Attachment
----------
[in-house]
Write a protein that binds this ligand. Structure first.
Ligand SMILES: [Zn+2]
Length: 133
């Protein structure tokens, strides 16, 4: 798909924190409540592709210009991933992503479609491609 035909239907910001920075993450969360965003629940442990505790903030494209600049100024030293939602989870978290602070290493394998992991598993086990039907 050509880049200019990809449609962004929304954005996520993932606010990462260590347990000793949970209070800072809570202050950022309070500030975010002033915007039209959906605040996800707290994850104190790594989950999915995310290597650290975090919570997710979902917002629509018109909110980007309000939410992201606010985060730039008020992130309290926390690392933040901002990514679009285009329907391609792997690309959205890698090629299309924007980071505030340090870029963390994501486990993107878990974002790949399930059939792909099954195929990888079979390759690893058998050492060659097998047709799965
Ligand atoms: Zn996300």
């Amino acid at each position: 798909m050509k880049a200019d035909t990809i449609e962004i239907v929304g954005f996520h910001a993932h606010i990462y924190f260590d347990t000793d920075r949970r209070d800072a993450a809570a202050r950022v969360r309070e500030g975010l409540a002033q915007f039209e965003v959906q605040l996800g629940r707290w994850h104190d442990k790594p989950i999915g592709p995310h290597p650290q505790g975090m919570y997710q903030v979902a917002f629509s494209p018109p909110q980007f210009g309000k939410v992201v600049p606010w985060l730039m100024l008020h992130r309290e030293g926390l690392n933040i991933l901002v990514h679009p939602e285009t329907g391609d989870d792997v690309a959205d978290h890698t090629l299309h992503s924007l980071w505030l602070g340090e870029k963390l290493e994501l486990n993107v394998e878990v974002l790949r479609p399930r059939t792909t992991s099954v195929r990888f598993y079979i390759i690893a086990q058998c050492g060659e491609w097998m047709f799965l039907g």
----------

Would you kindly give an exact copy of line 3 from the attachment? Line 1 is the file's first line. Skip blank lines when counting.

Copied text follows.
Ligand SMILES: [Zn+2]